The fertility rate for ages 15-19 is currently 78 in South America. In
1996, the South American rate was 75, indicating a 4 percent rise since
then. A comparison with the U.S. is instructive. The fertility rate for
Hispanic teens in the U.S. is about 82 for 2005, or slightly higher
than the overall fertility rate for teens in Latin America (about 76).
The U.S. figure disguises ethnic variations among immigrant
populations, with the fertility rate for teens of Mexican origin in the
U.S. being 93. However, interestingly, the teen fertility rate in
Mexico is 63, about a third less than for Mexican teens in the U.S.
Hispanic teens in the U.S. in general have a higher fertility rate than
Hispanic teens in their country of origin. The reasons could include
lack of access in the U.S. to contraception or more teen sexual
activity. Also Hispanic culture meeting with more prosperity in the
U.S. (as well as in those Latin countries that have prospered) could
have led to increased teen birth rates. There are no figures, though,
that I have seen as to the intentionality of these teen pregnancies.
Though adolescents especially were recognized in the Agenda as needing
special attention, there was, however, no specific call for renewed
sexuality education efforts and increased availability of
contraceptives for adolescents. This is not dissimilar to the silence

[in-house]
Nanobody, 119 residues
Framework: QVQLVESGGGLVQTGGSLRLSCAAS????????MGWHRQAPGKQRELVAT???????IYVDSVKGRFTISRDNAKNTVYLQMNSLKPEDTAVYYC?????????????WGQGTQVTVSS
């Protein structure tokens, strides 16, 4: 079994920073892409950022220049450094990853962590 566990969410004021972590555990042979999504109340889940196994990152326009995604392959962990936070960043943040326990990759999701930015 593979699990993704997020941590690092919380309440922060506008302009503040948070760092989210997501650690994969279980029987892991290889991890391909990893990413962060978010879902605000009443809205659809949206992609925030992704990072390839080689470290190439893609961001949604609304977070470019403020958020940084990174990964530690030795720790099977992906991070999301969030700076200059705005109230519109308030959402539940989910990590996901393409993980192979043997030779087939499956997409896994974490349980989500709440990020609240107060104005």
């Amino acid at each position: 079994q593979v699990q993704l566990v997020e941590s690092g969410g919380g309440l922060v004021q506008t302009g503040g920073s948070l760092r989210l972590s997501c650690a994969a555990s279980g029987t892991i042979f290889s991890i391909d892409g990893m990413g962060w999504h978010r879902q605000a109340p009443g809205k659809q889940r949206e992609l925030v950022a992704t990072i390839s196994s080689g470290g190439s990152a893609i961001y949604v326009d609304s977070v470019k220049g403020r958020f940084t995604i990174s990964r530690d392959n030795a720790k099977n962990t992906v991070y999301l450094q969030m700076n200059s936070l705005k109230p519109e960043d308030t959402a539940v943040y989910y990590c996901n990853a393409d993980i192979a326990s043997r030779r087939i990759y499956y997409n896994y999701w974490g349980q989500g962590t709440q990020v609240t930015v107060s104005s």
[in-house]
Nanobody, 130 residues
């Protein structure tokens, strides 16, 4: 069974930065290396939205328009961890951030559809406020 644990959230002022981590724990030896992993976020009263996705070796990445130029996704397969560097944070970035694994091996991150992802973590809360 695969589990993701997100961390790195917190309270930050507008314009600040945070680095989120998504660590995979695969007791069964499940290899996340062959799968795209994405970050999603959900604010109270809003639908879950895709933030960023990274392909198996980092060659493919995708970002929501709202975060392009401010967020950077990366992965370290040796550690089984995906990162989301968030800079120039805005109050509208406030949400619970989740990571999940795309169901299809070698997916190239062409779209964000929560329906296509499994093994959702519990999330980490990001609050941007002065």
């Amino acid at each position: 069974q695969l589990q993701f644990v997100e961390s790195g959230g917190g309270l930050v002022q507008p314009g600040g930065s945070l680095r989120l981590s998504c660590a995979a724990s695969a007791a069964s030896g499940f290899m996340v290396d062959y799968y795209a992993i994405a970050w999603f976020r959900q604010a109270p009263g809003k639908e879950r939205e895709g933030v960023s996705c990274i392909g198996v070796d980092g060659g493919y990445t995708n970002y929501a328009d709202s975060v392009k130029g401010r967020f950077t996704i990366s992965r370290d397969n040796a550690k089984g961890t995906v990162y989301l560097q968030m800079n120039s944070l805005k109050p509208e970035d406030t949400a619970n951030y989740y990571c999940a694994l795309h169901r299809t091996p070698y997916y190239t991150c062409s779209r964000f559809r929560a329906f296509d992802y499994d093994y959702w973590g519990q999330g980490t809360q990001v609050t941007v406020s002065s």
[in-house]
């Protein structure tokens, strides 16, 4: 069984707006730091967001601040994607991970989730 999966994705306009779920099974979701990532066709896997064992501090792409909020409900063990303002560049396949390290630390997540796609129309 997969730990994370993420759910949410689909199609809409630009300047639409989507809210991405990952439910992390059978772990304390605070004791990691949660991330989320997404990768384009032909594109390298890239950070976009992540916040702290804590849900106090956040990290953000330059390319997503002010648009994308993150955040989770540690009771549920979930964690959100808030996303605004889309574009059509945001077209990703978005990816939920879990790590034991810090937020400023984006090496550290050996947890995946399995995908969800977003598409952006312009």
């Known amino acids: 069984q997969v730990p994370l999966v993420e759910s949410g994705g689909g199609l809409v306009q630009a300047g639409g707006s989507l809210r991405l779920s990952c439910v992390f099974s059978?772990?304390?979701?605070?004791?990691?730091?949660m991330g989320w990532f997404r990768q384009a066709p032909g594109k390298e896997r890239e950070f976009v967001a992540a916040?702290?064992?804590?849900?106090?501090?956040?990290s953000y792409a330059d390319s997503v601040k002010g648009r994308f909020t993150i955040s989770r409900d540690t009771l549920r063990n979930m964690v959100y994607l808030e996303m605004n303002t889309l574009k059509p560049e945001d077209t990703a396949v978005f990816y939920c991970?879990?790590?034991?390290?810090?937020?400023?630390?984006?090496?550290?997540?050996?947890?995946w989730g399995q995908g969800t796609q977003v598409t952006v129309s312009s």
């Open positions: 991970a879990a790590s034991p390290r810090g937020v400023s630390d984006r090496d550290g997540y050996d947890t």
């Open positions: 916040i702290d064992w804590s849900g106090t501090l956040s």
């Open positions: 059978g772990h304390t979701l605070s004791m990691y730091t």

in official circles in the U.S. Government around teen sexual activity,
except for calls for abstinence education.

One sure way to
decrease unintended pregnancy for teens and adults alike is emergency
contraception. In many Latin countries there are battles over the
legality of emergency contraception, which is characterized,
mistakenly, as an abortifacient. In Chile and Ecuador, cases
challenging distribution of emergency contraception recently went up to
their respective Supreme Courts where, alas, EC opponents prevailed.
The Agenda makes no mention of emergency contraception.


abortion rate about 50 percent higher than the North American level
predominates throughout Latin America, along with attendant maternal
mortality and morbidity. This would indicate pregnancy rates are higher
than the desired childbearing rates. Still, women in Latin America have about one more child than they say they want.

Abortion is proscribed virtually everywhere in Latin America, except
Cuba, Guyana and Mexico City. Four of the five countries of the world
which prohibit abortion in all cases, even to save the mother’s life,
are in Latin America: Honduras, Chile, Nicaragua and El Salvador. There
are about 4 million illegal abortions a year, 95 percent of which are
unsafe. About 5,000 women die a year, resulting in 20 percent of all maternal deaths being from unsafe abortion.

has been progress during the last year in decriminalization. Colombia’s
Constitutional Court decriminalized abortion in three cases: rape, for
the life or health of the woman and for fetal deformity. The Mexico
City legislature also decriminalized abortion, by a vote of 46 votes in
favor and 19 against, despite a threat of excommunication.

The Agenda made no mention of de-criminalizing abortion or providing post-abortion care.


HIV/AIDS levels are below those of sub-Saharan Africa, HIV is still at
serious levels. The prevalence rate is at or below 1 percent in every
South American country, similar to most Asian countries, compared to